autumn equinox at 70*N

Subject: autumn equinox at 70*N
From: "Wim Vader" <>
Date: Mon, 22 Sep 2003 12:55:09 +0200


After a wonderful summer up here at 70*N, the autumn had been wet and mild,
so wet in fact that the usual glorious spectacle of autumn colours was a
trifle subdued this year, with browns dominating the reds. A week ago the
first autumn storm removed a lot of the leaves from the birches and rowans
(mountain ash), but not yet from the willows and some other trees. The
ground turns untidy, with many withered fallen herbs and a diversity of
mushrooms, and the paths get increasingly muddy. The days also get rapidly
shorter, but just today is autumn equinox and thus our days are exactly as
long as yours, whereever you live. But up here daylight now decreases by
ten minutes a day, and it is only two months to 'mørketiden', the two
months that the sun is not visible above the horizon here at 70*N.

On Saturday we awoke to a substantial pack of heavy, wet snow, early even
by our standards and un-forecast by the weather bureau, so that very few
people had remembered to change to winter wheels (with studded tires) on
their cars in time. Most adults were dismayed, but the kids were jubilant
and short-lived snow men arose in many gardens. The temperature remained a
few degrees above freezing, which made the snow maximally heavy and caused
a surprisingly large amount of breakage of even heavy branches on those
trees that had not yet shed their leaves. On Sunday the snow had already
fallen from the trees and today it has also largely disappeared from the
ground. But the next snow storm is forecast for tomorrow and Wednesday, so
we are not out of the woods yet.

This morning my garden, which these days is mostly a vast bare expanse of
earth beneath the remaining trees  (my daughter Marit and partner have
moved in downstairs with my new-born grandchild;  we(i.e. they) have
renovated that floor into a cozy flat, and at the same time we have
improved the isolation of the outer walls, which killed most of the garden)
for once was alive with birds----like a Dutch garden, said Riet, who is on
a visit these weeks. I think we had hundreds of Fieldfares flying around
and tearing and swallowing rowan berries, while the fewer Redwings divided
their time between the berries and what the ground had to offer. I even saw
a single SongThrush among them.

In addition, there were finches everywhere, both on the ground and in the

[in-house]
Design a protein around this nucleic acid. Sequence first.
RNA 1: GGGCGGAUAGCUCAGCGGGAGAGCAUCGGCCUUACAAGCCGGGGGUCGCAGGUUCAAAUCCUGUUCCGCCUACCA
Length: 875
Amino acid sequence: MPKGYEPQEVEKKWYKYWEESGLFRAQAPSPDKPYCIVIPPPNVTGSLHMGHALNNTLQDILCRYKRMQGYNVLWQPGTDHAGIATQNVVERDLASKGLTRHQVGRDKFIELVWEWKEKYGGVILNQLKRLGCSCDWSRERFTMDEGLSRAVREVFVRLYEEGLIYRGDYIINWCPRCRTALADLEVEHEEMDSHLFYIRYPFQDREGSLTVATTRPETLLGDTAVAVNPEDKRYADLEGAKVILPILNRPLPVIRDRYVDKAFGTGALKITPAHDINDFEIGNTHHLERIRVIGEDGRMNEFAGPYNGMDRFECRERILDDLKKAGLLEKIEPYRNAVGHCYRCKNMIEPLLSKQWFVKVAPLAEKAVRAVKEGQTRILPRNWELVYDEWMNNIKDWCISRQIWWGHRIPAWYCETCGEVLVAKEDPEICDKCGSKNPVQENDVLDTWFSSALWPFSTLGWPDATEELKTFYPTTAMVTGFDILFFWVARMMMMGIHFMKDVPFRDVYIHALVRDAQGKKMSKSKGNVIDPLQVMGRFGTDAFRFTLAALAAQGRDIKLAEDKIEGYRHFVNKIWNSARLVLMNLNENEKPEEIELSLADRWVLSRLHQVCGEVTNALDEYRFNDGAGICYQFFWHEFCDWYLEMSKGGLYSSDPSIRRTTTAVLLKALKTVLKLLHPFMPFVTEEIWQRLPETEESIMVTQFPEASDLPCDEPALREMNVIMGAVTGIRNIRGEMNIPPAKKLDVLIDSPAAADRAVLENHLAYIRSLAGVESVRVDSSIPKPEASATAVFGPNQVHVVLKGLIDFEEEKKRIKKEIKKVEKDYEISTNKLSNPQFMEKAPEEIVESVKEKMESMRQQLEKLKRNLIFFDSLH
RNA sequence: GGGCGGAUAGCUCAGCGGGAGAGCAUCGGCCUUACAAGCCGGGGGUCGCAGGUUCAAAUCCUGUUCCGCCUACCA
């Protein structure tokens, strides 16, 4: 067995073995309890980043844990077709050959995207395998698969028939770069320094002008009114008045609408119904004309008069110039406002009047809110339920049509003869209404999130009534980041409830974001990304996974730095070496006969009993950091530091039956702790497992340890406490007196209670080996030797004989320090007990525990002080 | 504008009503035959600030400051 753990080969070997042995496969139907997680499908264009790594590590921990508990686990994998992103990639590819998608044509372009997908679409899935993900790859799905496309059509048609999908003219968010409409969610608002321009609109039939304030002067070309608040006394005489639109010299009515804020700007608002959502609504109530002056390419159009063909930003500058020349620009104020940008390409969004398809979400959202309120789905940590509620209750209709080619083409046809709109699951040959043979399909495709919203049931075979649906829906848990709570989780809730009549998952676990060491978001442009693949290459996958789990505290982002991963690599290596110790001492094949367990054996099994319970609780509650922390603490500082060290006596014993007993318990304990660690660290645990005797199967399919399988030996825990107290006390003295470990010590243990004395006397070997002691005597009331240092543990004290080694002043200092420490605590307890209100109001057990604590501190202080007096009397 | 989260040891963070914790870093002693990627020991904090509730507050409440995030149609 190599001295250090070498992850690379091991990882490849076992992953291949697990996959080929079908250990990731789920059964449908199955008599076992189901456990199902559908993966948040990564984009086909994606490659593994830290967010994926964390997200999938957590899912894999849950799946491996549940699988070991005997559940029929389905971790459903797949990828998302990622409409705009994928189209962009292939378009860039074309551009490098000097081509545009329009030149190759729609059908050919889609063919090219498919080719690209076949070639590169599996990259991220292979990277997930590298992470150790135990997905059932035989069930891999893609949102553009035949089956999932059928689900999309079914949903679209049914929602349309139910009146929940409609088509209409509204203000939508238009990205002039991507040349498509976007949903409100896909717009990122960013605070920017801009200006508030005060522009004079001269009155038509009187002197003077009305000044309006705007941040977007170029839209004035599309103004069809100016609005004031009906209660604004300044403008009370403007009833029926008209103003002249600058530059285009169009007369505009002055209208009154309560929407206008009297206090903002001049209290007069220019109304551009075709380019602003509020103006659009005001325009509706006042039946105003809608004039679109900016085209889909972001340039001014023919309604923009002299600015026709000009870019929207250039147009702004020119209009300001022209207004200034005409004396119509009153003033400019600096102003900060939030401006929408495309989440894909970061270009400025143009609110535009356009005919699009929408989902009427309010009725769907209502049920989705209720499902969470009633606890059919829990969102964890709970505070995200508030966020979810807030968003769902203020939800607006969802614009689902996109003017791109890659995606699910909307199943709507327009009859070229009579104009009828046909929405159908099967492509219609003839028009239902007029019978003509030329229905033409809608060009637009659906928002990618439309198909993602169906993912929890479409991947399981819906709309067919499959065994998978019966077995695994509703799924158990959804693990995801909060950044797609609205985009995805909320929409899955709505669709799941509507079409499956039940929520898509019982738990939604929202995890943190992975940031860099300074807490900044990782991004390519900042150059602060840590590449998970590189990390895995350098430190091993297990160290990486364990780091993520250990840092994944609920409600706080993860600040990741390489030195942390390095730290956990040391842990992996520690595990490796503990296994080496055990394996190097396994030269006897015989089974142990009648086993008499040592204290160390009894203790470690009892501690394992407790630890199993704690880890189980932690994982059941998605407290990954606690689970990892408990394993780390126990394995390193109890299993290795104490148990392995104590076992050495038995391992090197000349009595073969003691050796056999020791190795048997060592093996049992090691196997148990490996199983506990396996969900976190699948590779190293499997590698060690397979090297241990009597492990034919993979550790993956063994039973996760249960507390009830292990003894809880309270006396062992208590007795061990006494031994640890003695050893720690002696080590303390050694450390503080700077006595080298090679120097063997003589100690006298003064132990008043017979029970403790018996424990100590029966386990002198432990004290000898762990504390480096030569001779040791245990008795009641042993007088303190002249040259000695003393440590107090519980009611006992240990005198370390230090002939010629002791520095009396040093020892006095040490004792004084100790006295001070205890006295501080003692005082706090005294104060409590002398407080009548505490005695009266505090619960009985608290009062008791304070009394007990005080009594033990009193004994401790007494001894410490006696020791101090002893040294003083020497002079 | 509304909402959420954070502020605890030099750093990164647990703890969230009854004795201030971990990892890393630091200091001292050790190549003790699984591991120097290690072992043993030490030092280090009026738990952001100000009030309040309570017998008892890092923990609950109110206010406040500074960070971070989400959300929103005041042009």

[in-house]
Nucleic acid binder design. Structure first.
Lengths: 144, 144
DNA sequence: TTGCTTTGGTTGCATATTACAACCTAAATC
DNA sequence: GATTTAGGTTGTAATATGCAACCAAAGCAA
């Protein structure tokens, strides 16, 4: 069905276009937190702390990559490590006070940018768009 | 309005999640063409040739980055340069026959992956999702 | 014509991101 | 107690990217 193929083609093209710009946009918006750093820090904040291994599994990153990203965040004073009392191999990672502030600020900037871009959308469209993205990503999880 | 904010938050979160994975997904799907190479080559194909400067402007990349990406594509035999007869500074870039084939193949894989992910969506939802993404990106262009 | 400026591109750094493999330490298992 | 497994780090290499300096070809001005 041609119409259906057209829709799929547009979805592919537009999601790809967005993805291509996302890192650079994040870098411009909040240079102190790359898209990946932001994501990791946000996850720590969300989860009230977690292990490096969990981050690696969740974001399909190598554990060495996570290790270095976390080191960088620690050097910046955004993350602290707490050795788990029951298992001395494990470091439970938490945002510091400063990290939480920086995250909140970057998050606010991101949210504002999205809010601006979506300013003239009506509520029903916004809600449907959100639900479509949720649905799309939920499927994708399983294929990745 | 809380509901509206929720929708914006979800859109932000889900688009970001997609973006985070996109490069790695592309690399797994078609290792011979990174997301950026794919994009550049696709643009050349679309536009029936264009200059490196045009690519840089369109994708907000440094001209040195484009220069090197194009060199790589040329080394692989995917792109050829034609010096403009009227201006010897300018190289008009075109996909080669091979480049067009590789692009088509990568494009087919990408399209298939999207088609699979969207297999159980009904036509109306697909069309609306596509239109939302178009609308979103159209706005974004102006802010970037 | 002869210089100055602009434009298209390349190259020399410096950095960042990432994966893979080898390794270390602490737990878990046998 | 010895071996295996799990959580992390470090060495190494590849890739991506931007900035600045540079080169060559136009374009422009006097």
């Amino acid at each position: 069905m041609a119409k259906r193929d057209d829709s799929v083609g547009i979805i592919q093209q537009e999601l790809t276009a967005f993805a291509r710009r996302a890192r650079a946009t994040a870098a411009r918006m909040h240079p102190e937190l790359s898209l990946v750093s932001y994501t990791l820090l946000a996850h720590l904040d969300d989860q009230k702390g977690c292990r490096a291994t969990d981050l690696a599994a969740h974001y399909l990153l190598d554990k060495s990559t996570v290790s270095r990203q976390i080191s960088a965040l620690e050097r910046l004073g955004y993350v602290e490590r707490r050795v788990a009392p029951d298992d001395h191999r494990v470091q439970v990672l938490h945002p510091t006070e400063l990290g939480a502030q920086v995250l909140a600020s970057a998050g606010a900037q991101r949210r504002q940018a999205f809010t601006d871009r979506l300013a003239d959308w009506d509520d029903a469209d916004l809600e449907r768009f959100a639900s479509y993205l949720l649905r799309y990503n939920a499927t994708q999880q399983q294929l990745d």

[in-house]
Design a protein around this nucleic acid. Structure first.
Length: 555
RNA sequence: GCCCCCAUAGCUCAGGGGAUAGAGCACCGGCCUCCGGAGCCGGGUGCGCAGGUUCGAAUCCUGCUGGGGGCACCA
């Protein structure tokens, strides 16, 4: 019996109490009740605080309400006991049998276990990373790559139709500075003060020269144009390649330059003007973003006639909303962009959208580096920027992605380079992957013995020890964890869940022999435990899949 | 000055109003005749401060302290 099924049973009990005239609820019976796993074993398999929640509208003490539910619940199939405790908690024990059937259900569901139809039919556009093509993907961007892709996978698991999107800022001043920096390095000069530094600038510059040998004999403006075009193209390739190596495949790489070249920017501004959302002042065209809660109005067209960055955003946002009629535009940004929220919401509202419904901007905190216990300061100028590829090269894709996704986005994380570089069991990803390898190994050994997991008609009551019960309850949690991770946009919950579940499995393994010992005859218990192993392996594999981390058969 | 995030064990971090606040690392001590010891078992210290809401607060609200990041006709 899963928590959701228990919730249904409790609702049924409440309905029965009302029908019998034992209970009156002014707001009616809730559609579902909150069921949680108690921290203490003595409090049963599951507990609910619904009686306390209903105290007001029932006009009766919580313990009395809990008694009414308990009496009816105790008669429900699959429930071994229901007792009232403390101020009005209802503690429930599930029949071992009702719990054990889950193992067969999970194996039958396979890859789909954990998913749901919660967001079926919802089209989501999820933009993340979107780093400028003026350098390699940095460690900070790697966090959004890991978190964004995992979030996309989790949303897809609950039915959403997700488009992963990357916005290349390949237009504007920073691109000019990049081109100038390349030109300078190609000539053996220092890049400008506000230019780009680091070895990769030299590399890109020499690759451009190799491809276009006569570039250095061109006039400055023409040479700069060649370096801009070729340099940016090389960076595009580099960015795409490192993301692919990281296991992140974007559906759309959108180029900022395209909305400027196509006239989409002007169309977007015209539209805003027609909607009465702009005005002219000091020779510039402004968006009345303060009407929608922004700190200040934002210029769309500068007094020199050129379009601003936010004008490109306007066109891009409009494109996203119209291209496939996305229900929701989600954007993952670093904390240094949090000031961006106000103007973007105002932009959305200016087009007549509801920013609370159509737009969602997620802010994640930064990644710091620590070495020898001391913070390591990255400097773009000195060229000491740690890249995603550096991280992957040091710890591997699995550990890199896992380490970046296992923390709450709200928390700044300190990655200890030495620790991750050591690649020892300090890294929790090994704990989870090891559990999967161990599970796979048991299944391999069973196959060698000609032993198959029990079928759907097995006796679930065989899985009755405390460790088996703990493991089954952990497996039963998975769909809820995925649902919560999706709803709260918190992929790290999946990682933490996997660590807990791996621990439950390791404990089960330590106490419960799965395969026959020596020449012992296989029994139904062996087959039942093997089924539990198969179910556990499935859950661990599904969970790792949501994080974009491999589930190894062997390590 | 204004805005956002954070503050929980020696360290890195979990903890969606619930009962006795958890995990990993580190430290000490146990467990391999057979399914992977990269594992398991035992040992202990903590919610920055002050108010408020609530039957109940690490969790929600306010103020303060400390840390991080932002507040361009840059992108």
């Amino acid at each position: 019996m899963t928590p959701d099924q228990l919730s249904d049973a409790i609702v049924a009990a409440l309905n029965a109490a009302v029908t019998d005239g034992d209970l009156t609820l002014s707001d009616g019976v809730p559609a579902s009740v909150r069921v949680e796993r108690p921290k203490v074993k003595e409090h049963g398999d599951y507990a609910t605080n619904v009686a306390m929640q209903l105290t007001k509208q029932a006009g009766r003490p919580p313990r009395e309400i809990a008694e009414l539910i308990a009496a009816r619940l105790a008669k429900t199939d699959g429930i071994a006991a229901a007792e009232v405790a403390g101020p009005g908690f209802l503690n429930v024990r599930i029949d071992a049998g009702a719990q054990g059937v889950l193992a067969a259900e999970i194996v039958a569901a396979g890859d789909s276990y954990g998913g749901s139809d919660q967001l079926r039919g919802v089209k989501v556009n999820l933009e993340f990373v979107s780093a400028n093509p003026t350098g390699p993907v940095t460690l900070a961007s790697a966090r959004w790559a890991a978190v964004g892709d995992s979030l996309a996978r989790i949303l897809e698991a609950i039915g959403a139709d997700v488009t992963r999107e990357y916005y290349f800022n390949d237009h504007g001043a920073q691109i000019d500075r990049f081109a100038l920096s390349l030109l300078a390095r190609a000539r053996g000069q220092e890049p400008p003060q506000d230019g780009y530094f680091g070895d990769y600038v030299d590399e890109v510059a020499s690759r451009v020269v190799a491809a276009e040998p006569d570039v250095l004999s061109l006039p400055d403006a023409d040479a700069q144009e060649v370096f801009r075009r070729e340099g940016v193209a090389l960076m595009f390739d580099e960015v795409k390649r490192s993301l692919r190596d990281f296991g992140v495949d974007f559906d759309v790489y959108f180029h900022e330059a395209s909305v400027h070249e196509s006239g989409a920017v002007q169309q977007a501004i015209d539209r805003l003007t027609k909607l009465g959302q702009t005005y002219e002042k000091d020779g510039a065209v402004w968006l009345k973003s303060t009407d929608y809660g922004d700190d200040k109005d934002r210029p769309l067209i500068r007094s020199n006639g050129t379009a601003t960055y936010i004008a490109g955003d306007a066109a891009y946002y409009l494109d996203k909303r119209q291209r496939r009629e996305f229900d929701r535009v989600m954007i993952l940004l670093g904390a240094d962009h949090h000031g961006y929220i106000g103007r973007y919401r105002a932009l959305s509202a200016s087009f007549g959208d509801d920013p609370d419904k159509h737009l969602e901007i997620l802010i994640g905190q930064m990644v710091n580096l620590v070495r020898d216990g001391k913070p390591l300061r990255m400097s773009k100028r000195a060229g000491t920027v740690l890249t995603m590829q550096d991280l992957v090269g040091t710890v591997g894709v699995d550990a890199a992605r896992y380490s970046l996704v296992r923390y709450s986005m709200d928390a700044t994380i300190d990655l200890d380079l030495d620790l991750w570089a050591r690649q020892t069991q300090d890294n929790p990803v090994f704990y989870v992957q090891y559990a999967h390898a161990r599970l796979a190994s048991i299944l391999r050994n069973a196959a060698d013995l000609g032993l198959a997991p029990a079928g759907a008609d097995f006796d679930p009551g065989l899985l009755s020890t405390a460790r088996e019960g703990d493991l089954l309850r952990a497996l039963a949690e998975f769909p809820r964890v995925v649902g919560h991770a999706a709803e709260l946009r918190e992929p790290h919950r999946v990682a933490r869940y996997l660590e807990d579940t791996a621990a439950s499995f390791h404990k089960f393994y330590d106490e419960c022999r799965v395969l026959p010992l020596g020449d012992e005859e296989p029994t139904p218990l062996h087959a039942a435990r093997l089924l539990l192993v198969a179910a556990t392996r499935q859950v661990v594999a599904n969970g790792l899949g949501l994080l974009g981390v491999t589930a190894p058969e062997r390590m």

trees; lots of greyish-green young Greenfinches (which do not really
migrate far), dapper but already winter-clad Chaffinches and
Bramblings,  and a few stripy Twites. Yesterday Riet and I found a large
flock of finches elsewhere in Fiolkeparken, and there there were also
Siskins present.  The usual Great Tits, habituals of the garden, almost
drowned in the flocks of migrants, and the Willow Tits and Bullfinches kept
to the forest today. At the museum young White Wagtails fly up in their
characteristic curvy flight pattern, and the other day there was suddenly a
small flock of some twenty House Sparrows on the lawn here, a bird that
here in Tromsø is both very patchy and normally very
site-resident.  Magpies are the dominant presence when one walks through
the Folkeparken or through suburbia, though Hooded Crows are also common,
and there are still some Common Gulls around, with a predominance of this
year's youngsters.

On the shore the crows and large gulls now almost rule alone (There are a
few Grey Herons around), and at sea there are large flocks of eiders and an
increasing number of Cormorants, but the wintering ducks have not yet
arrived in any numbers (they won't be long). The Mallards still are being
fed on the small freshwater lake Prestvannet on top of the island, while
the nesting Arctic Terns, Tufted Ducks and Red-throated Loons have left
this area weeks ago; also here herons fish now---their numbers still seem
to be growing.

                                                Wim Vader, Tromsø Museum
                                                9037 Tromsø, Norway

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